If you've never heard of him before, Krampus is a folkloric character out of Europe who carries birch branches that he uses to beat naughty children when he visits them on Krampusnacht (December 5th), which is the night before the Feast of St. Nicholas. He is synonymous with Zwarte Piet (Black Peter), who is also a partner to St. Nicholas in other regions.
As of late, Krampus has been making appearances in news article after news article, several television shows, and in a video game. There're even Krampusnacht events taking place in the United States and according to this article his celebrations have been "[popping] up in Los Angeles, Philadelphia, New York, Chicago, Portland and Albuquerque" for the past few years.
Why I'm excited by Krampus's sudden popularity
I've been working on Uncertain Heirs since November 2012, and to see a well-timed spike in the general masses' interest tells me that people are starting to look elsewhere for their entertainment. Since my goal is to publish Uncertain Heirs in 2014, I'm keeping my fingers crossed that it'll hit the market right when the public interest is peaking.
How my Krampus differs from Real World Krampus
Those of you who've been following my progress know that Uncertain Heirs is seeded with European mythology. I heavily rely on Celto-Germanic paganism, but I've modified it, tweaked it, tailored it to create a world inspired by, yet different than, our own.
Right now, Krampus has a place in my Earth Dog notes, and though he may not make an appearance or have a mention in Uncertain Heirs, he is part of the mythos.
For instance, Krampus is one of the many sons of Hulda, the Mother form of the Goddess, and he is charged with disciplining not just naughty children, but naughty adults, too. His other charge is to vet the souls of those who would become riders in the Wild Hunt -- since it is an honour bestowed only upon worthy warriors, Krampus must ensure that their good deeds far outweigh their bad, judging whether the warrior had noble or greedy intentions behind their actions.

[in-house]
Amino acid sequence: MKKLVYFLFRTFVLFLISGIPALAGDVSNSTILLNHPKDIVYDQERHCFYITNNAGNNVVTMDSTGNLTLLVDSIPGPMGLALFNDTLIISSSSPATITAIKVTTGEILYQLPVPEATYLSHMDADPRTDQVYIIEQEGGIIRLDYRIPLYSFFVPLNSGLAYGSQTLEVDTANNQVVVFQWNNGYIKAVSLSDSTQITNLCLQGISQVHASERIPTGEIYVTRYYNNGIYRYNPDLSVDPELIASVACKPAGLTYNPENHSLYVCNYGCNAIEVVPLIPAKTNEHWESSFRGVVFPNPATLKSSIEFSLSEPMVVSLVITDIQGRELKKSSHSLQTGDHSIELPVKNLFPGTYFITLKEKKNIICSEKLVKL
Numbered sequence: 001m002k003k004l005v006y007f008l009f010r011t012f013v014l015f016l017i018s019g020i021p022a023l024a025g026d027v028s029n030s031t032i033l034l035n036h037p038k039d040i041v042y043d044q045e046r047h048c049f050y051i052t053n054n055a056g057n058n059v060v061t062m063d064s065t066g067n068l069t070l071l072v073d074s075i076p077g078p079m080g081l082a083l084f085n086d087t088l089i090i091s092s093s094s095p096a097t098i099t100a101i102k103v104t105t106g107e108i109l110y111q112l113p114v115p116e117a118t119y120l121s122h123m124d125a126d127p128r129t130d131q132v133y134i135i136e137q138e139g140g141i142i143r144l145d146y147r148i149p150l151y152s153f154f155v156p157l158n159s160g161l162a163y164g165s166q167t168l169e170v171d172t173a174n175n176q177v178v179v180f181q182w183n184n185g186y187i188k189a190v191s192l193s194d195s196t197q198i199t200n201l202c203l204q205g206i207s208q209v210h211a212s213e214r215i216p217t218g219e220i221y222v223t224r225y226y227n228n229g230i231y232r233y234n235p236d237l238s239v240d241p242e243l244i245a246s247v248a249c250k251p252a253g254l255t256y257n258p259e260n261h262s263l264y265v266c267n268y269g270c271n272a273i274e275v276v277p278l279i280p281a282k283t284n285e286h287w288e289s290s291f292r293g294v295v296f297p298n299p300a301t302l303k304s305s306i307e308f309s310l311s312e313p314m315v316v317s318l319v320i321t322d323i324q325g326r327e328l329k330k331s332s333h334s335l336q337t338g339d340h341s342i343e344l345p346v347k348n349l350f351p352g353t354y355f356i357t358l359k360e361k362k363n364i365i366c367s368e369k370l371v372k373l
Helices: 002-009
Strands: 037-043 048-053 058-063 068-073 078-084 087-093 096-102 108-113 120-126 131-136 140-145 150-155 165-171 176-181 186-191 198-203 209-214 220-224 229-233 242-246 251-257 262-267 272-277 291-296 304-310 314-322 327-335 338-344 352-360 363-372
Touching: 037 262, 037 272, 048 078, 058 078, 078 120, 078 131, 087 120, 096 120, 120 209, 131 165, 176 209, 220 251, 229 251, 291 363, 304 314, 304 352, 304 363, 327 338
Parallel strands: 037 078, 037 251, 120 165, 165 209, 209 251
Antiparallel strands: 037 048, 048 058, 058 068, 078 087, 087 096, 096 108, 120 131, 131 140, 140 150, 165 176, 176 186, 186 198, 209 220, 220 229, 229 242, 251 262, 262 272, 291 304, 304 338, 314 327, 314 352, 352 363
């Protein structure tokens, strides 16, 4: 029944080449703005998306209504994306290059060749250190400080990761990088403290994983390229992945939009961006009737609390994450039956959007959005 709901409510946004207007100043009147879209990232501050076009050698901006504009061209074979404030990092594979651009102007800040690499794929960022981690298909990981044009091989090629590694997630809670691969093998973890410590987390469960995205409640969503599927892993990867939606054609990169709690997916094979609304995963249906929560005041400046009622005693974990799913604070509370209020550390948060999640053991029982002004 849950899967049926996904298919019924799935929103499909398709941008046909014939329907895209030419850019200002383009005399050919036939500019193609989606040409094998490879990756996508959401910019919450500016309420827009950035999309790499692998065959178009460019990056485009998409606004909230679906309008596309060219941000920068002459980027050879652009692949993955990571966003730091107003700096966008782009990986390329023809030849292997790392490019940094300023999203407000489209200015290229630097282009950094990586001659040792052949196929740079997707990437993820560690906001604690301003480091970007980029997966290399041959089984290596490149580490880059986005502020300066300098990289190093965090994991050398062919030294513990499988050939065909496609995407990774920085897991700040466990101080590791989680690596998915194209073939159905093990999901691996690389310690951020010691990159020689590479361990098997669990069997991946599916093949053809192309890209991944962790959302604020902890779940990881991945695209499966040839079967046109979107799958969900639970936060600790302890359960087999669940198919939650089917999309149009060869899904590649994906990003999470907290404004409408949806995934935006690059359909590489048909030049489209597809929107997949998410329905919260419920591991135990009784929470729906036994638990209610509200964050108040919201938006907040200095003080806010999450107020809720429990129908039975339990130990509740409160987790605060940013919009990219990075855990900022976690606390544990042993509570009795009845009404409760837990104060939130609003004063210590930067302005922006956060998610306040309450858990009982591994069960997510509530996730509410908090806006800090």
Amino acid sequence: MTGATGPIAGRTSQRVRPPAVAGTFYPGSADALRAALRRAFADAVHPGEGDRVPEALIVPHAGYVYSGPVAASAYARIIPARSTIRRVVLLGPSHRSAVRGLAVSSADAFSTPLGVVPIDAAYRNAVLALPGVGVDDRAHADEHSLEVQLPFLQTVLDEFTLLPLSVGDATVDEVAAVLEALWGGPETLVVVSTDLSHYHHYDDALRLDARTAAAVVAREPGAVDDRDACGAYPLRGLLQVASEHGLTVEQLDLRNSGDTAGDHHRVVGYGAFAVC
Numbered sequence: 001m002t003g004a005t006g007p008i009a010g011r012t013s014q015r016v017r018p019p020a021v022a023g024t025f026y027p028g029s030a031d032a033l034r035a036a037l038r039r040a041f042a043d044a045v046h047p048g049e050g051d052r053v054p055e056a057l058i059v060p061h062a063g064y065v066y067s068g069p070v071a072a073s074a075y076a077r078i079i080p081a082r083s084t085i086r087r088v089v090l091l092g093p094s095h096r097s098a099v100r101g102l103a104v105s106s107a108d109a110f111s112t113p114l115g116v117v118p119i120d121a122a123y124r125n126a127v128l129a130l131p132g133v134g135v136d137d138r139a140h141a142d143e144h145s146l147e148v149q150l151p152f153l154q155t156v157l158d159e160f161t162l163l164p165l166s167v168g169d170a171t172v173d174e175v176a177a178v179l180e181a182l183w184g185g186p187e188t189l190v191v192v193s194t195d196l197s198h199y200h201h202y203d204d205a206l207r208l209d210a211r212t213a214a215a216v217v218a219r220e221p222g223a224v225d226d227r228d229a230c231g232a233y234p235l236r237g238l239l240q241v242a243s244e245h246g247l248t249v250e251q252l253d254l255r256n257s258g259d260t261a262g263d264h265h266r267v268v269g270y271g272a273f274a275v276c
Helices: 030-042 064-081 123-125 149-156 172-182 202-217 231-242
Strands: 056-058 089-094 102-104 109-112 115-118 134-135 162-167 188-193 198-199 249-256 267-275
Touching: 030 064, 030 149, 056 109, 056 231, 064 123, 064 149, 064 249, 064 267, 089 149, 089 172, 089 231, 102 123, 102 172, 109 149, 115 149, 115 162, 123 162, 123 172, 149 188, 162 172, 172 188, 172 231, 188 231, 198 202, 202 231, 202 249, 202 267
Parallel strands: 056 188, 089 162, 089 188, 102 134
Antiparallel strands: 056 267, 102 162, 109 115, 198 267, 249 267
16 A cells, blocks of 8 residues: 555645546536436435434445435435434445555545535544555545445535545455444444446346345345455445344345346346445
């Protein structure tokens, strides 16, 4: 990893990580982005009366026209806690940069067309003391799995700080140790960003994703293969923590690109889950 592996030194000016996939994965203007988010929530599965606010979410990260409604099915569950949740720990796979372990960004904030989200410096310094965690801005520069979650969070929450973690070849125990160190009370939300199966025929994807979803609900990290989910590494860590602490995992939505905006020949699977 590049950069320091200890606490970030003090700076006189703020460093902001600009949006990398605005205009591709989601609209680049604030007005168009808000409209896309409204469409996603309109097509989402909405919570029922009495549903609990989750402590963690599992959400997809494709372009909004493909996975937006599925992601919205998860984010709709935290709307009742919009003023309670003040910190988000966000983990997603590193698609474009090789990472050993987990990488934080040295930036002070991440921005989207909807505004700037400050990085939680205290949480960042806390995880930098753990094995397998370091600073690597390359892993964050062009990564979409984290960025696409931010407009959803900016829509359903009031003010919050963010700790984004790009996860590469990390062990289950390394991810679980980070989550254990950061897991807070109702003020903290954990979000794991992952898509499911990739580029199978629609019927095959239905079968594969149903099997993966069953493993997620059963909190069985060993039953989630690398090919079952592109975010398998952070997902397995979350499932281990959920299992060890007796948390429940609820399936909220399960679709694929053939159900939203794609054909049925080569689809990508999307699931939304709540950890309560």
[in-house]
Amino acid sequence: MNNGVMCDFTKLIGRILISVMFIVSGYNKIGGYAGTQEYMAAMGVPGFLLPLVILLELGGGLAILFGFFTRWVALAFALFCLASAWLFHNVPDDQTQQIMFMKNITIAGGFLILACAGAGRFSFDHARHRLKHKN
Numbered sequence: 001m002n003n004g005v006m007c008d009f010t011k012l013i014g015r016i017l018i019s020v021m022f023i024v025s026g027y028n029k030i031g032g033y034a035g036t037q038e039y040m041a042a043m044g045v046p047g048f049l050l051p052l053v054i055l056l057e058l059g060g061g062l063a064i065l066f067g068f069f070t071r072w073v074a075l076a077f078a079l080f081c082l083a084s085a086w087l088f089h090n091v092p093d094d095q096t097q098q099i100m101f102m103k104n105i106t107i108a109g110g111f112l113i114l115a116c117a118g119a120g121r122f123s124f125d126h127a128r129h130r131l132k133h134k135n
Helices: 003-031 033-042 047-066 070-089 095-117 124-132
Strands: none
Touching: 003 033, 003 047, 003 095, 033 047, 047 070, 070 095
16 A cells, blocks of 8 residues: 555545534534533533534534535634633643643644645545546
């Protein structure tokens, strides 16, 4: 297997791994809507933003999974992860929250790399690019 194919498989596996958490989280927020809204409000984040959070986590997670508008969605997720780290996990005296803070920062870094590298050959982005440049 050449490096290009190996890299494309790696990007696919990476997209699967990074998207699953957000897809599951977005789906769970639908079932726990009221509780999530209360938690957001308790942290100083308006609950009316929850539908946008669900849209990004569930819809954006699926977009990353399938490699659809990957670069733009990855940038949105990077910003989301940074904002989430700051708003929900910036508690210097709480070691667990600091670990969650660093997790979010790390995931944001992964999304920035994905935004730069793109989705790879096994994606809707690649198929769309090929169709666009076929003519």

On rare occasions, Krampus acts as a harbinger for his father, Wodan, the Horned Consort, and on other occasions he appears as the narrator of events for several morality tales in my novel's religious history, one of which being Fox Goes Fishing (I'll have more about this tale at a later time).
When Krampus will make his appearance
It's impossible to answer that question right now, but that's only because I have so much yet to write down as far as the Earth Dog world is concerned. Structuring my world so it has laws and rules and consistency takes time, and I have to make sure I have a firm foundation before even Uncertain Heirs can go to print.
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